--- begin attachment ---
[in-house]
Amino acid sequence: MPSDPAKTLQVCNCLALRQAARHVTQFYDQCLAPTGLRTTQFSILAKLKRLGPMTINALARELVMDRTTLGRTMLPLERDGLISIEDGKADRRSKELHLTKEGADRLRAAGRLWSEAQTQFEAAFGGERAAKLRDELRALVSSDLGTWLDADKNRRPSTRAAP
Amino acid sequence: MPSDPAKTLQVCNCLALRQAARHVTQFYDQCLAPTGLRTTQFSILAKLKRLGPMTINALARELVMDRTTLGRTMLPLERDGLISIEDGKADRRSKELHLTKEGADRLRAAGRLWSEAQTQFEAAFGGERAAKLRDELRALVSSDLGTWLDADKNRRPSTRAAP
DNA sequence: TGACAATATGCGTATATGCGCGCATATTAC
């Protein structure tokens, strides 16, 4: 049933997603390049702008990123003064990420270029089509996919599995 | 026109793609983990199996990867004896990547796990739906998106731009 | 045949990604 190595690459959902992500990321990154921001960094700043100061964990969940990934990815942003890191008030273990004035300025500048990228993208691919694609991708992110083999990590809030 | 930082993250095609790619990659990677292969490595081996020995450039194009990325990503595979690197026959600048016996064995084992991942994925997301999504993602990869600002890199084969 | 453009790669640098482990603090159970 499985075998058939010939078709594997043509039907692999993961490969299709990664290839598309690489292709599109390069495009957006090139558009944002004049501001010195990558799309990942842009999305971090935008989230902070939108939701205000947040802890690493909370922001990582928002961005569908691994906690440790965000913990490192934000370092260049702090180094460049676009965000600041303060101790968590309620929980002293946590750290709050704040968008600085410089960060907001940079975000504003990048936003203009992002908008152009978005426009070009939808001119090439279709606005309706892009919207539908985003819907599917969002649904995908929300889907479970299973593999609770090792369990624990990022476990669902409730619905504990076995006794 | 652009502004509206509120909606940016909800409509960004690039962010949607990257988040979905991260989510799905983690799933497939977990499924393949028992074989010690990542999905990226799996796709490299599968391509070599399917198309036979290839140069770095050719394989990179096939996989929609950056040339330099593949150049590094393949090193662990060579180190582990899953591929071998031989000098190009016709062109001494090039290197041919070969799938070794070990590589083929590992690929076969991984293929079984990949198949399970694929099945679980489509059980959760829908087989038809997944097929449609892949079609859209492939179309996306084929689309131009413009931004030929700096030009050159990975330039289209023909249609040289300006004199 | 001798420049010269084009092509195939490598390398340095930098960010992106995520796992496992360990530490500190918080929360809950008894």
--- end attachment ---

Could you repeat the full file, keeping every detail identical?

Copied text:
[in-house]
Amino acid sequence: MPSDPAKTLQVCNCLALRQAARHVTQFYDQCLAPTGLRTTQFSILAKLKRLGPMTINALARELVMDRTTLGRTMLPLERDGLISIEDGKADRRSKELHLTKEGADRLRAAGRLWSEAQTQFEAAFGGERAAKLRDELRALVSSDLGTWLDADKNRRPSTRAAP
Amino acid sequence: MPSDPAKTLQVCNCLALRQAARHVTQFYDQCLAPTGLRTTQFSILAKLKRLGPMTINALARELVMDRTTLGRTMLPLERDGLISIEDGKADRRSKELHLTKEGADRLRAAGRLWSEAQTQFEAAFGGERAAKLRDELRALVSSDLGTWLDADKNRRPSTRAAP
DNA sequence: TGACAATATGCGTATATGCGCGCATATTAC
């Protein structure tokens, strides 16, 4: 049933997603390049702008990123003064990420270029089509996919599995 | 026109793609983990199996990867004896990547796990739906998106731009 | 045949990604 190595690459959902992500990321990154921001960094700043100061964990969940990934990815942003890191008030273990004035300025500048990228993208691919694609991708992110083999990590809030 | 930082993250095609790619990659990677292969490595081996020995450039194009990325990503595979690197026959600048016996064995084992991942994925997301999504993602990869600002890199084969 | 453009790669640098482990603090159970 499985075998058939010939078709594997043509039907692999993961490969299709990664290839598309690489292709599109390069495009957006090139558009944002004049501001010195990558799309990942842009999305971090935008989230902070939108939701205000947040802890690493909370922001990582928002961005569908691994906690440790965000913990490192934000370092260049702090180094460049676009965000600041303060101790968590309620929980002293946590750290709050704040968008600085410089960060907001940079975000504003990048936003203009992002908008152009978005426009070009939808001119090439279709606005309706892009919207539908985003819907599917969002649904995908929300889907479970299973593999609770090792369990624990990022476990669902409730619905504990076995006794 | 652009502004509206509120909606940016909800409509960004690039962010949607990257988040979905991260989510799905983690799933497939977990499924393949028992074989010690990542999905990226799996796709490299599968391509070599399917198309036979290839140069770095050719394989990179096939996989929609950056040339330099593949150049590094393949090193662990060579180190582990899953591929071998031989000098190009016709062109001494090039290197041919070969799938070794070990590589083929590992690929076969991984293929079984990949198949399970694929099945679980489509059980959760829908087989038809997944097929449609892949079609859209492939179309996306084929689309131009413009931004030929700096030009050159990975330039289209023909249609040289300006004199 | 001798420049010269084009092509195939490598390398340095930098960010992106995520796992496992360990530490500190918080929360809950008894």